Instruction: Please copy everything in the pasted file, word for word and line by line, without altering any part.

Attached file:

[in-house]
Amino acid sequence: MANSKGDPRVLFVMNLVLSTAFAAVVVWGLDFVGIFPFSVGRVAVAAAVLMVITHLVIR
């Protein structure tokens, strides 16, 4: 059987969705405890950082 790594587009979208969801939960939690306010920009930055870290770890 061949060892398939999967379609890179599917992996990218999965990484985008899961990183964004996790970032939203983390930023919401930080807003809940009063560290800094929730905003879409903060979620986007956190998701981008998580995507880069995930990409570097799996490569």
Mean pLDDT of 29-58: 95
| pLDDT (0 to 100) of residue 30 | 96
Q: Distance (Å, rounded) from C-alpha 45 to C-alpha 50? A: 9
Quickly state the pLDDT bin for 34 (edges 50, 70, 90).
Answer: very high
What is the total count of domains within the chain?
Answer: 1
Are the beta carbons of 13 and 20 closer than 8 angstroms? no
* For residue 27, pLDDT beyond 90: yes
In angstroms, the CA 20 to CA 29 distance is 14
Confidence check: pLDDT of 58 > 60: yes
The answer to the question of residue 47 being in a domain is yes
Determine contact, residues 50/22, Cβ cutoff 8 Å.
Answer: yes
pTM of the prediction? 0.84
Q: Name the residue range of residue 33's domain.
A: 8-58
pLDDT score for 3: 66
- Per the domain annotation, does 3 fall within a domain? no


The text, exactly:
[in-house]
Amino acid sequence: MANSKGDPRVLFVMNLVLSTAFAAVVVWGLDFVGIFPFSVGRVAVAAAVLMVITHLVIR
């Protein structure tokens, strides 16, 4: 059987969705405890950082 790594587009979208969801939960939690306010920009930055870290770890 061949060892398939999967379609890179599917992996990218999965990484985008899961990183964004996790970032939203983390930023919401930080807003809940009063560290800094929730905003879409903060979620986007956190998701981008998580995507880069995930990409570097799996490569």
Mean pLDDT of 29-58: 95
| pLDDT (0 to 100) of residue 30 | 96
Q: Distance (Å, rounded) from C-alpha 45 to C-alpha 50? A: 9
Quickly state the pLDDT bin for 34 (edges 50, 70, 90).
Answer: very high
What is the total count of domains within the chain?
Answer: 1
Are the beta carbons of 13 and 20 closer than 8 angstroms? no
* For residue 27, pLDDT beyond 90: yes
In angstroms, the CA 20 to CA 29 distance is 14
Confidence check: pLDDT of 58 > 60: yes
The answer to the question of residue 47 being in a domain is yes
Determine contact, residues 50/22, Cβ cutoff 8 Å.
Answer: yes
pTM of the prediction? 0.84
Q: Name the residue range of residue 33's domain.
A: 8-58
pLDDT score for 3: 66
- Per the domain annotation, does 3 fall within a domain? no